For many, this can be a cheerful time to spend with friends and family, but the holidays can also leave a lot of people feeling blue.
Doctors say they typically see a spike in depression around this time of year.
"From about the middle of November to the middle of February, we see an increase in patients," Dr. Walt Duffy with Premier Psych in Lincoln said.
Duffy, a psychiatrist, says holiday depression is common for many people.
"Maybe they lost a loved one over the time of Christmas, or just don't have very good memories, or maybe they're away from home and the family and they can't get home," Duffy said.
Financial pressure and cold weather can also get people down. Duffy says the numbers are getting worse.
"Over the last 50 years, it increases every ten years with every generation," Duffy said.
Some doctors say social media could be part of the problem.
"They see other people doing fun things on their Facebook account or on their social media account and they're sort of missing out on things, or they see someone has it maybe a little bit better than I do," Duffy said.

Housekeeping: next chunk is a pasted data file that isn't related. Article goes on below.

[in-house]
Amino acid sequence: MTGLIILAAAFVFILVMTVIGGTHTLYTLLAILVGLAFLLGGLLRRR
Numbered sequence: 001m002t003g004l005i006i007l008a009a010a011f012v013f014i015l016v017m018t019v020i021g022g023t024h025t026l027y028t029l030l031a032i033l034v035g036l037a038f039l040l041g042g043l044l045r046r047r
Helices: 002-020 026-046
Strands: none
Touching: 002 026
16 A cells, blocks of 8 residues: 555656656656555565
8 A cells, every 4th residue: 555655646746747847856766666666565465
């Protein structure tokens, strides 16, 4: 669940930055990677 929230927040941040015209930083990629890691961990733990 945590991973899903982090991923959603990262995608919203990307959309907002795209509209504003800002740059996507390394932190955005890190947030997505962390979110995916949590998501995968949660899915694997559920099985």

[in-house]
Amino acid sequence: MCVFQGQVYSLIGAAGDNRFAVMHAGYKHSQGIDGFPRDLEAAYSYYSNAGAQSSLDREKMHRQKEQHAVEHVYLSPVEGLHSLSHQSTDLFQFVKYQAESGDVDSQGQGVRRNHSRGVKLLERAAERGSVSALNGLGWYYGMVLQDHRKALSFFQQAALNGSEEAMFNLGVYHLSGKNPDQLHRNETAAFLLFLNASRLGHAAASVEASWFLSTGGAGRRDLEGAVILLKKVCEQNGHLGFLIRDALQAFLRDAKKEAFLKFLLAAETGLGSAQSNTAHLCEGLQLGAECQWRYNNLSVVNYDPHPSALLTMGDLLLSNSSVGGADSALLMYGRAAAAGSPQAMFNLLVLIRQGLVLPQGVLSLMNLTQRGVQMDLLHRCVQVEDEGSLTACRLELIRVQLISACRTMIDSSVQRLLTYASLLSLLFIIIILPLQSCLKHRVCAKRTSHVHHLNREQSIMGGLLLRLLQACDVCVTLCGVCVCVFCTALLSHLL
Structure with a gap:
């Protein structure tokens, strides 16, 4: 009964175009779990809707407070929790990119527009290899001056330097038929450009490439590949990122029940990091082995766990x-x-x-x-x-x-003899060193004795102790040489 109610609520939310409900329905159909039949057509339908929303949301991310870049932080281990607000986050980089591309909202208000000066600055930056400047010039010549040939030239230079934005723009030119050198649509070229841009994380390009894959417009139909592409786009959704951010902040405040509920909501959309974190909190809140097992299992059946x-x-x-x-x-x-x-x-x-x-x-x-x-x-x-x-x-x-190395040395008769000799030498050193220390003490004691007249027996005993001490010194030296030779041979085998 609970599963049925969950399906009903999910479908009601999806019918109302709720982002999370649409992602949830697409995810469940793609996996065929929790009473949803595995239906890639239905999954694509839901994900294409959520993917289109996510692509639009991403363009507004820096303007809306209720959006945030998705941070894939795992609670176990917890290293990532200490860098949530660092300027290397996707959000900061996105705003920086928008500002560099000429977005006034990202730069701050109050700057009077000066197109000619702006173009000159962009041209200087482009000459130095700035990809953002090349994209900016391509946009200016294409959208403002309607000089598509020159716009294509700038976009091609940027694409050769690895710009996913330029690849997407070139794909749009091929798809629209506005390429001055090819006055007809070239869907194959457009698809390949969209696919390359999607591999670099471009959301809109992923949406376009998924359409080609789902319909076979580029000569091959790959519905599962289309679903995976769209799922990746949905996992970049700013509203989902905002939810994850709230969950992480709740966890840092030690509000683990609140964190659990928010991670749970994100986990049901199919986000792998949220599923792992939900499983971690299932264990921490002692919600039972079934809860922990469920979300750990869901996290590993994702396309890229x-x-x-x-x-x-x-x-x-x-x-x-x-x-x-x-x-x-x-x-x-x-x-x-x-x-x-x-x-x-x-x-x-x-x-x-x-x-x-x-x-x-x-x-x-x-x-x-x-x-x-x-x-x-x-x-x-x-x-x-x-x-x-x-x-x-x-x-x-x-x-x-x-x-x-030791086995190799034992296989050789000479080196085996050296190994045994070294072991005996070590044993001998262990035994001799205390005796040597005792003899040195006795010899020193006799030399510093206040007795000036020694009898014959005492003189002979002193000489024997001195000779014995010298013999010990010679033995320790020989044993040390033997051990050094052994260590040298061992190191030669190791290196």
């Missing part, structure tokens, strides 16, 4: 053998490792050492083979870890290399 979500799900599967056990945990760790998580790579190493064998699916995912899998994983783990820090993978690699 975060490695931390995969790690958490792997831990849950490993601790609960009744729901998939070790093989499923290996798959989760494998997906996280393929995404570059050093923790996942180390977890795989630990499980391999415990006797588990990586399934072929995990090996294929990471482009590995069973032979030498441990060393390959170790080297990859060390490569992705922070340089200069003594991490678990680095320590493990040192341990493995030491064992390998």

Depression is a disease of the brain, and while some physicians agree therapy and medication are the best treatment, there are things you can do outside the doctor's office to help. Exercising, getting involved in groups, community events, or simply taking some 'me' time are all things that can leave you feeling better.
"It's okay to say, okay I sort of need some break and alone time myself," Duffy said.
Duffy advises holidays are a good time to check in with family members to make sure everyone is happy and healthy.
If you feel like you are depressed and need somebody to talk to immediately, the following local hotlines are available 24/7:
Community Mental Health Center of Lancaster County - 402-441-7940 Centerpointe Crisis Response - 402-475-6695 Nebraska Emergency Crisis Hotline - 800-523-3666